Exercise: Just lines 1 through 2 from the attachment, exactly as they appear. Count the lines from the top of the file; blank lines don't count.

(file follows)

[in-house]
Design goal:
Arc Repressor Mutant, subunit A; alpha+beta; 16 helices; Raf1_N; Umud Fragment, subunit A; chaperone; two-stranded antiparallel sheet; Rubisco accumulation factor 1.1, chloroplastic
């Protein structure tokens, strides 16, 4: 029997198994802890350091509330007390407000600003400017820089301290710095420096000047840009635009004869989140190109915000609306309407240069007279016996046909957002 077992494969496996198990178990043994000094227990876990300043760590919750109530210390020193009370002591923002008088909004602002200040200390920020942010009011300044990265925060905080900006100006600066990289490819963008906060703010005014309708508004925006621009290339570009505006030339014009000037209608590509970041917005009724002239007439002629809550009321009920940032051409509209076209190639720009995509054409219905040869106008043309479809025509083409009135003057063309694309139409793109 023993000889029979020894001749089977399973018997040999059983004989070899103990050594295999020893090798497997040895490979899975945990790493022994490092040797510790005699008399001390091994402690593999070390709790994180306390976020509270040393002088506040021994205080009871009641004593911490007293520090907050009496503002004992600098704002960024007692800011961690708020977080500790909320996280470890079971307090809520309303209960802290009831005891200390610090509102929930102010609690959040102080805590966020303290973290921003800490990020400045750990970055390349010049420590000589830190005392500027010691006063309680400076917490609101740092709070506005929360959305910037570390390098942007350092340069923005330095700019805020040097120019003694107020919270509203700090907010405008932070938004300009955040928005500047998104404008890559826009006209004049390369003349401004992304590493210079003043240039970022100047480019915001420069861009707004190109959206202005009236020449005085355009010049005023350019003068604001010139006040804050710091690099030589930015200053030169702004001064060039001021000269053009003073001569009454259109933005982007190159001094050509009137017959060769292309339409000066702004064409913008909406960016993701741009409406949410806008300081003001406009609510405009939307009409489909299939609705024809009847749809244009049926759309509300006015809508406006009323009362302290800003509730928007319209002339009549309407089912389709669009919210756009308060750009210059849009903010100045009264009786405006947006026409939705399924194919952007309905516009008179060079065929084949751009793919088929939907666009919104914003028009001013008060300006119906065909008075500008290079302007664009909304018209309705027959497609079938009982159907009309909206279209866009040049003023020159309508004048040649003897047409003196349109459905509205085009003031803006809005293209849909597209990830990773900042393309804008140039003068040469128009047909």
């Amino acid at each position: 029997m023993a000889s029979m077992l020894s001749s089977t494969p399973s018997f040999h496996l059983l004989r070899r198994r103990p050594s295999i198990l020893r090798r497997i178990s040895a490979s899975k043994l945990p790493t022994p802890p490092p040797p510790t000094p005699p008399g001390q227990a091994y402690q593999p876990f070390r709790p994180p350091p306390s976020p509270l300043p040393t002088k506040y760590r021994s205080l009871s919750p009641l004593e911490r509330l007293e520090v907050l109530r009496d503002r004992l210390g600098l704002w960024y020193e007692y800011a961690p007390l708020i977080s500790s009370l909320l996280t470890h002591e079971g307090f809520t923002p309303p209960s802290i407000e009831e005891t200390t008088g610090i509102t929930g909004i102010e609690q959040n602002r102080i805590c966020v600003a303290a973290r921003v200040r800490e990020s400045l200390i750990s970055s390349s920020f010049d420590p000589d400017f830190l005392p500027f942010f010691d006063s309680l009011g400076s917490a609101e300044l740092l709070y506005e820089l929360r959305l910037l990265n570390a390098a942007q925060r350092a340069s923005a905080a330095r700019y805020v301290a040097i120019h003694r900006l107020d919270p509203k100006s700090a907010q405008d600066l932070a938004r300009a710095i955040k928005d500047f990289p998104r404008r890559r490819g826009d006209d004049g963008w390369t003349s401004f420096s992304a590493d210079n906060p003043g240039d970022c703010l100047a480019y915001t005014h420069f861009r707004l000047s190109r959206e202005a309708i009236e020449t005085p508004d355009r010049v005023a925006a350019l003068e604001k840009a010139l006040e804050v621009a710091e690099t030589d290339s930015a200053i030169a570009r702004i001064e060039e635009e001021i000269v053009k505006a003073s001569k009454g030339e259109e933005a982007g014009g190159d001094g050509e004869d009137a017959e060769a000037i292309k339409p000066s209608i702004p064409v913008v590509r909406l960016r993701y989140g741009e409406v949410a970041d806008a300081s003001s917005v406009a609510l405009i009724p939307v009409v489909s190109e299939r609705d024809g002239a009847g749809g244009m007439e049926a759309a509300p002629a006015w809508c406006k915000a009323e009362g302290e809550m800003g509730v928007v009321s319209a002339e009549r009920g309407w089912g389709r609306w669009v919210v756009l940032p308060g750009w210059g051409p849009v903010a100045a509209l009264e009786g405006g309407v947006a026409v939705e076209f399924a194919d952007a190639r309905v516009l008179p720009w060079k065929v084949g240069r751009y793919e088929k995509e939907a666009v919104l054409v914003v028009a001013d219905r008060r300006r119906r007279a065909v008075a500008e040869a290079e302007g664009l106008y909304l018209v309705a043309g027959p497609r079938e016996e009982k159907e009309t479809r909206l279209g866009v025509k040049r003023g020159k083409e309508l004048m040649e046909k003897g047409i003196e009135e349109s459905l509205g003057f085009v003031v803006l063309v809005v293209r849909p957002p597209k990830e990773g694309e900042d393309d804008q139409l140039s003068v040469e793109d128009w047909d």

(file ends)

[in-house]
Design goal: